The Trainer Has Spoken: Add More Weightlifting to Boost Weight Loss
For decades, the only pathway to weight loss seemed to be cranking up your cardio output and decreasing your caloric intake. A simple formula, and accurate, but many struggled with the basic "burn more than you consume" approach, especially when caloric deprivation affected their ability to execute AND recover from their workouts. Over the last several years, wellness professionals have tried to shift the paradigm to a new mindset about fitness and weight loss. Instead of a simplistic formula, the contemporary process has many prongs, including diet, lifestyle adjustments (such as sleep and stress assessments), and evaluating on an individual basis which activities produce better weight-loss results, cardio or weightlifting. So in simple terms of whether or not weightlifting can help you achieve your weight-loss goals, the answer is yes.
Weight-loss goals can be as singular as attaining a magic number: pounds lost or hitting a goal weight. They also can be more complex and involve changing the composition, function, and/or appearance of the body — e.g. growing your booty — getting leaner and stronger, or being able to complete a certain workout/activity/race. Which route to take depends on individual goals, preferences, and the body's response to exercise stimuli.
The bottom line with weightlifting is that it DOES alter the muscle-to-fat ratio, and with more muscle comes a higher degree of caloric consumption and potential fat burning. Even the best bodyweight exercises have limits; one cannot significantly increase their muscle content without lifting weights. It's the hows and the whens of your lifting that will facilitate your specific success.
Traditional weightlifting is a sport within itself — think Olympic powerlifting — training your muscles to execute one or two peak lifts at maximum weight. This means training with heavy weights and limited repetitions before reaching failure. It produces substantial muscle fiber growth as a result. Muscle fibers require more energy to work, especially to that level, and thus seek energy sources within the body (e.g. fat stores) to fuel the work. Bada boom, bada bing — weight loss.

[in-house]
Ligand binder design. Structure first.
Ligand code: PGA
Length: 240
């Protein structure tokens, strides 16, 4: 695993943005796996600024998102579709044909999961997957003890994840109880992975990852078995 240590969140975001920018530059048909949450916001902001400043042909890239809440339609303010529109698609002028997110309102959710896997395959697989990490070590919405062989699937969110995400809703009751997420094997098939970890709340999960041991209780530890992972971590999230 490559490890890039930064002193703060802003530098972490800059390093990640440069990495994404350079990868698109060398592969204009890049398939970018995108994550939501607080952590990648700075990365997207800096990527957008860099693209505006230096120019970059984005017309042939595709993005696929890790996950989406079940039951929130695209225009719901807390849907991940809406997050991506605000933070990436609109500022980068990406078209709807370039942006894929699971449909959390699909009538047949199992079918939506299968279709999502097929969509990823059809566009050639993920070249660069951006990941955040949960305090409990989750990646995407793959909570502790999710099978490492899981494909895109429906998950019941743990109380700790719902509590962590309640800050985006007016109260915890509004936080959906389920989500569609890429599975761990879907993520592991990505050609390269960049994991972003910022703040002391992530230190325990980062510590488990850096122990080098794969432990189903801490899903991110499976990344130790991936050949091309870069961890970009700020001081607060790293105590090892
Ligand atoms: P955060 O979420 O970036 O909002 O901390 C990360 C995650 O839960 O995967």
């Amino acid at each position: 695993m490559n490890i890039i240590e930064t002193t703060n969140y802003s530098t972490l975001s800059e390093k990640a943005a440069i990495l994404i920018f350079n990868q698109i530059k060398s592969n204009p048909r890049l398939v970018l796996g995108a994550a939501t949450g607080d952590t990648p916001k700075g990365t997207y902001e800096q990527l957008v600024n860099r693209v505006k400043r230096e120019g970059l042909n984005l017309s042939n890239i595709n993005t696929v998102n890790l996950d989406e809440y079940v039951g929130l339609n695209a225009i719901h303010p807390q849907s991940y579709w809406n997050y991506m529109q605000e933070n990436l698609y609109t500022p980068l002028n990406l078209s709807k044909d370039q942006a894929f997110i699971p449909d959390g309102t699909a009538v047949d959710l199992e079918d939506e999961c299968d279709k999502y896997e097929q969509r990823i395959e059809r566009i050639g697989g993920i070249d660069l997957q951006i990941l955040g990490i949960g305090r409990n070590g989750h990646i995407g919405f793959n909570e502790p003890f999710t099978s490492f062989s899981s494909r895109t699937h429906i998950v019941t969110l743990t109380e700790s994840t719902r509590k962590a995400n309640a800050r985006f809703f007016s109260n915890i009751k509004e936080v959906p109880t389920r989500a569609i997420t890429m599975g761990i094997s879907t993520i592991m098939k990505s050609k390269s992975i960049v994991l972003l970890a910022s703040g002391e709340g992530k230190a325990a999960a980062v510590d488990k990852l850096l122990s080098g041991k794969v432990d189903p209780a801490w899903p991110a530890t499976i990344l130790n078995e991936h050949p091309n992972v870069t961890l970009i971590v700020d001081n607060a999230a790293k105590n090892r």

Not interested in that kind of lifting? Never fear. Powerlifters often use less drastic weight-training techniques to build up to those peak lifts, which is something we mere mortals can utilize for our own goals. Select weights that will allow you to achieve three rounds of 10 to 12 repetitions, making sure that you are struggling to complete the last several reps (maybe try one of these workouts to get started). This approach triggers the development of muscular endurance, which triggers greater fat burning and more efficient calorie burning.
Oh, and weightlifting DOES change your body composition. Ask yourself if you'd rather look thinner or actually become more toned and defined overall. If your answer is the latter, that's your reason to add weightlifting into your routine. Will you gain weight? Possibly at first as your body decreases the size of its fat cells and increases the real estate your muscle fibers take up — remember: muscle weighs more than fat. You will notice other changes, too. Your clothes will fit better, you will have more energy, and you'll feel more confident in how you look and move. Paired with a strong cardio component, weightlifting can be the difference between minimal and noticeable changes in your body's presentation . . . in the best of ways. So get lifting, and head toward your goals a little bit faster.